(This essay was originally published as “In 1843, slavery was banned in Rhode Island,” in the Newport Daily News on May 29, 2018.)
(Note: This is the second in a series of essays on slavery in Rhode Island.)
One hundred seventy-five years ago, Rhode Island, after over two centuries, officially banned slavery in its Constitution of 1843.
The first slaves in the colony of Rhode Island were Native Americans, prisoners of war from the conflicts with colonists in southern New England in the 17th century. In 1638, New Englanders began to import Africans by trading Native Americans captured in the Pequot War (1636-37) for black slaves from the West Indies. Sometime after 1638, the first African slaves entered Rhode Island. They were sparse in the colony throughout the 17th century, with only 175 total African slaves in 1680.
In the 18th century, Rhode Island merchants, with their proximity to and affinity for the sea, engaged in the Atlantic trading system of West Africa, the West Indies (Caribbean), and North American port cities, exporting lumber, foodstuffs, rum, and horses; and importing sugar, molasses, cotton, spices, linen, woolen clothes, iron, and slaves. By 1730, the colony came to dominate the North American slave trade.
Most enslaved people imported into the colony of Rhode Island were bought by owners of farms in what we call “South County” (technically Washington County) and what in the 18th century was called “Narragansett Country.” Eventually these farms grew to be plantations comparable to those in America’s southern colonies, and with these plantations a class of “Narragansett planters” emerged. By mid-century large plantations thrived from the village of Wickford south to Point Judith and west to Connecticut.
At the heart of the economy of Narragansett Country were products grown and produced by enslaved people. This plantation system bred horses, cattle, and sheep; produced dairy products; and also grew Indian corn, rye, hemp, flax, and tobacco. The planters then, through merchants in Newport and Providence, exported these products to southern colonial ports and the West Indies. As the southern climates were harsh on livestock, horses, beef, and dairy products were in demand. The wealthiest of the planters hired ships themselves to export their goods directly.
By the 1730s, 20-30 families had established farms in Narragansett Country and had acquired slaves—generally five to 40—to work them. By 1740, this area had the highest concentration of enslaved people in the colony; by 1755, one in three residents was a slave. Though only a few Narragansett planters were large slave owners, historian Christy Clark-Pujara states that ultimately “thousands of enslaved men, women, and children” in this area produced foodstuffs and raised livestock for trade.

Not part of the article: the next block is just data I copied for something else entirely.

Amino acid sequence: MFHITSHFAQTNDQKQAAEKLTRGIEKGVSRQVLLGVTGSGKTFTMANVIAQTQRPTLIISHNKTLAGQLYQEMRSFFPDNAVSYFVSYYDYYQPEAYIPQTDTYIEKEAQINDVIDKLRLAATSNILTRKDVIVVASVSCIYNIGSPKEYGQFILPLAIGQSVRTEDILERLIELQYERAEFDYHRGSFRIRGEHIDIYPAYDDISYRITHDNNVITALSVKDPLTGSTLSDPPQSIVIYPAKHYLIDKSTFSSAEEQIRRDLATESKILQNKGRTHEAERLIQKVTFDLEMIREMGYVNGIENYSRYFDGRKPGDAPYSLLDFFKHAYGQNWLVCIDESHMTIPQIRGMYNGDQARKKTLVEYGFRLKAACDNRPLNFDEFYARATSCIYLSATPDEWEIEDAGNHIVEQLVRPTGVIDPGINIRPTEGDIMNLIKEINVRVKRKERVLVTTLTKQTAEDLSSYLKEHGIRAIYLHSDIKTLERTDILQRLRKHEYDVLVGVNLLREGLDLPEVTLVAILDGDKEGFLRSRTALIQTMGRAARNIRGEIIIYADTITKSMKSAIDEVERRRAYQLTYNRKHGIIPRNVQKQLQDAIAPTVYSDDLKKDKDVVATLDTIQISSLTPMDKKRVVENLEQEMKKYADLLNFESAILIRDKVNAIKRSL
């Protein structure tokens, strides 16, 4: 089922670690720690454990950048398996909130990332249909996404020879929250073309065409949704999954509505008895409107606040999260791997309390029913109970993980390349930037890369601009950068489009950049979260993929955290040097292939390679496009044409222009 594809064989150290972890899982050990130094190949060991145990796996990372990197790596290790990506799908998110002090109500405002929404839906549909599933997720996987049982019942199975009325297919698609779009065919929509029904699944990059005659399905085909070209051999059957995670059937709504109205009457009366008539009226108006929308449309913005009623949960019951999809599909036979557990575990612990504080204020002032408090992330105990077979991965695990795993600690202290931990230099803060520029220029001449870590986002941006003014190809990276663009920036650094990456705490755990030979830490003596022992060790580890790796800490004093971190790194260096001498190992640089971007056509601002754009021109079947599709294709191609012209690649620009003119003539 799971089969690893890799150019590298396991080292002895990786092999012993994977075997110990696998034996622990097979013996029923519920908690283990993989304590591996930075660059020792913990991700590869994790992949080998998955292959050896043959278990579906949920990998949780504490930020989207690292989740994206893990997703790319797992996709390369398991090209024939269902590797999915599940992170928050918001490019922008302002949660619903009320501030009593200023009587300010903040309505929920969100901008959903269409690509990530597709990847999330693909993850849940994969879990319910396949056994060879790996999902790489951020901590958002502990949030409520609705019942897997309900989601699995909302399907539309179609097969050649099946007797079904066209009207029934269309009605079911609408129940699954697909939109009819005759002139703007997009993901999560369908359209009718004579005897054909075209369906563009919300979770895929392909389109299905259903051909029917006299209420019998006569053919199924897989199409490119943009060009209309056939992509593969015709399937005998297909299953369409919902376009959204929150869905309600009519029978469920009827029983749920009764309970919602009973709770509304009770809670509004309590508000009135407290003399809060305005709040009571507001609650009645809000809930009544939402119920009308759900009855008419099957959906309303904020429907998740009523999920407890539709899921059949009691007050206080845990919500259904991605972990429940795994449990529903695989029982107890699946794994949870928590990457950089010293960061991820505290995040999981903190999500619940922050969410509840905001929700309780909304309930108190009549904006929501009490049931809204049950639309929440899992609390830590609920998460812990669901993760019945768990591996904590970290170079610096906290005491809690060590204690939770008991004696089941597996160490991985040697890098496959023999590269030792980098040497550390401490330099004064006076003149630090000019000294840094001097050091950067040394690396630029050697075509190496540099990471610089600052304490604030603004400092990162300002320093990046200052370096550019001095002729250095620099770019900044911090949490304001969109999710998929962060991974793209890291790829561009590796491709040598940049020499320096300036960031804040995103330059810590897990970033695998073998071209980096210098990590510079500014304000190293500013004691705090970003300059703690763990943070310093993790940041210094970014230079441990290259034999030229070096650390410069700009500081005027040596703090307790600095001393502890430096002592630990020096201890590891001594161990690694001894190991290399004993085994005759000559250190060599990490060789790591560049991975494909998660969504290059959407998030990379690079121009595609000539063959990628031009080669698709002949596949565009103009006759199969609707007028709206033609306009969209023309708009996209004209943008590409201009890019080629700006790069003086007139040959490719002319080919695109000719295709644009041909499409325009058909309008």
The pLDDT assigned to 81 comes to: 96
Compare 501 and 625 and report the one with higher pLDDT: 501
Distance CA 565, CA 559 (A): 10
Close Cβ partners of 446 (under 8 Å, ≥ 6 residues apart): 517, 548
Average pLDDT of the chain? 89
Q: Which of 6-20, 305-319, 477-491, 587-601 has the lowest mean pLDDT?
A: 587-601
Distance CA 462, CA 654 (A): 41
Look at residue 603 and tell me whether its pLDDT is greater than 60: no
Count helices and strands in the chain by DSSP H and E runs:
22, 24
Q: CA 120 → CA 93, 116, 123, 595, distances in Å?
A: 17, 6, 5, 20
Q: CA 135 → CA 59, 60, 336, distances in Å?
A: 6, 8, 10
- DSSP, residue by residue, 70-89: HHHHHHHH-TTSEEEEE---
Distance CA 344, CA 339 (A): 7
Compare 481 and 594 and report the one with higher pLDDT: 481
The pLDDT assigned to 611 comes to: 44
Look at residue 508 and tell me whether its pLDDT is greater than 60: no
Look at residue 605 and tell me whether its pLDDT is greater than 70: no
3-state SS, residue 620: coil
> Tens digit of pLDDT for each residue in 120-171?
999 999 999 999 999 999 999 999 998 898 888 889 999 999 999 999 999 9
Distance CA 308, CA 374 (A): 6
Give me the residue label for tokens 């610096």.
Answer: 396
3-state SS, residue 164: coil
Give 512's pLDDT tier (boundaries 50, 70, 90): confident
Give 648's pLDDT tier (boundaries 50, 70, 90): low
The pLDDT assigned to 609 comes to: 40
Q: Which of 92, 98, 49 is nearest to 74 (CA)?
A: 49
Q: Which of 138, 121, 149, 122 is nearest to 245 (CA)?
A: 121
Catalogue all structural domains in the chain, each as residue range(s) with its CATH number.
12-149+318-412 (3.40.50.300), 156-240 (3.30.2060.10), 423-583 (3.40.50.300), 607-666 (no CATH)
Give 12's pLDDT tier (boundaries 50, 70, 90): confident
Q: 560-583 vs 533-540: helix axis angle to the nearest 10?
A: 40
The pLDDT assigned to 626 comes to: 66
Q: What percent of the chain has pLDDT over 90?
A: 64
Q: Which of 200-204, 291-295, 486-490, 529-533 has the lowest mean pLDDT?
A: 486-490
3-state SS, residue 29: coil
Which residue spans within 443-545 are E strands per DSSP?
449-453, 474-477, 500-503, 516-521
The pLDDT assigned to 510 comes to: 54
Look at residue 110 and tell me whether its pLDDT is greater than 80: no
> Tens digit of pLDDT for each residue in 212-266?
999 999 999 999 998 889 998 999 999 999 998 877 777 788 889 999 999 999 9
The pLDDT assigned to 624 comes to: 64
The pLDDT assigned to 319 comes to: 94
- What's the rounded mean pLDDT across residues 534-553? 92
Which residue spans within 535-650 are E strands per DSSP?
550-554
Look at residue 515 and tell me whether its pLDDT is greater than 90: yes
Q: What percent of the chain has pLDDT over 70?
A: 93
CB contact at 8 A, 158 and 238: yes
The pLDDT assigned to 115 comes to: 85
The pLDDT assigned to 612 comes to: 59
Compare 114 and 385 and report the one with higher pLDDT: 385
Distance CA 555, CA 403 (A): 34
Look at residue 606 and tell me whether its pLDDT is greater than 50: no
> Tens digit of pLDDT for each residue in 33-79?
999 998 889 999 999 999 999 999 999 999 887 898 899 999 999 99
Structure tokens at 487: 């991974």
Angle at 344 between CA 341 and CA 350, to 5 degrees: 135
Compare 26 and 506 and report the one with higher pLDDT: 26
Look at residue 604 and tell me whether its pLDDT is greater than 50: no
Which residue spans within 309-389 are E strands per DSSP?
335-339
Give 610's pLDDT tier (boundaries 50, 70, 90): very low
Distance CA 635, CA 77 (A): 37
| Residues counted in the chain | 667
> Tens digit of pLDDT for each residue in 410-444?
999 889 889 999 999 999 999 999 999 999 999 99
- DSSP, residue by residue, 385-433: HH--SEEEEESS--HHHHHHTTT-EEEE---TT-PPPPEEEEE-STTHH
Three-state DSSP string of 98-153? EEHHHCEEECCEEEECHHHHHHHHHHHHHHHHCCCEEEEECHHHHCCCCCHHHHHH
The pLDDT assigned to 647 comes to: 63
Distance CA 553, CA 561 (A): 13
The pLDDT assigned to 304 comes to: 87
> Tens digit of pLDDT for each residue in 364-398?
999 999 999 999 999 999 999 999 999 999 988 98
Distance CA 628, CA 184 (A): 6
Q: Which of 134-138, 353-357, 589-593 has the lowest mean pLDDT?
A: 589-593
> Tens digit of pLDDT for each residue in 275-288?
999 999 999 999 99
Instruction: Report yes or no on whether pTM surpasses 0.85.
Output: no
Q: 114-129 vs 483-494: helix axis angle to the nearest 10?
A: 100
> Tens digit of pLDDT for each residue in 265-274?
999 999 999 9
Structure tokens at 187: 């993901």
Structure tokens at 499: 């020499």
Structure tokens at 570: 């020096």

The planter class made fortunes on the lucrative trade rooted in slavery, especially cheese exports. Competing with dairy farms in the colonies of New Jersey and New York, Rhode Island farmers produced the most cheese of all. Robert Hazard, a successful Narragansett planter, owned seventeen acres, had about one hundred cows, and produced 13,000 pounds of cheese annually. The Champlin farm had 42 cows that produced 9,200 pounds annually.
Portrait of John Potter (1716-1787) and his family including three women and a young black servant. John Potter was a wealthy South Kingstown planter.
COLLECTION OF THE NEWPORT HISTORICAL SOCIETY
The wealth of the planter class enabled the families to lead an elaborate lifestyle, similar to southern planters. They commissioned portraits, hired private tutors for their children, took European vacations, enjoyed horse-racing, and sought to imitate the lifestyle of the landed gentry of England. They also dominated the political affairs of the region.
Richard Smith, Jr., was one of the first Narragansett planters. He inherited his farm from his father, Richard Smith, a contemporary of Roger Williams, the founder of the colony and of Providence. The site of the farm was an area called “Cocumscussoc” by the Narragansett Native Americans. Williams had established a trading post there with the Native Americans and learned their language and customs. Williams reportedly said that Smith: “Put up …the first English house…in Nahigonsik Countrey.”
Smith, Jr., died in 1692, leaving the farm to the Updikes who developed it into one the great plantations of 18th century New England. At its height, it contained more than 3,000 acres, and was divided into five farms, worked by tenant farmers, indentured servants, and enslaved people. The Updikes dealt primarily in livestock and dairy products, producing cheese, other farm crops, and a breed of horse known as the Narragansett pacer.
Cocumscussoc still exists today as a park along with a colonial house known as Smith’s Castle, seasonally open to the public. (See: smithscastle.org)
This plantation system flourished until the late 1760s. The final blow came with disruptions caused by the American Revolution and the British-Hessian occupation of Newport (1776-79). Thanks to this plantation system the state has the country’s longest official name: the “State of Rhode Island and Providence Plantations.”
(For further reading: Carl R. Woodward, “Plantation in Yankeeland”)
Fred Zilian (zilianblog.com; Twitter: @FredZilian) is an adjunct professor at Salve Regina University.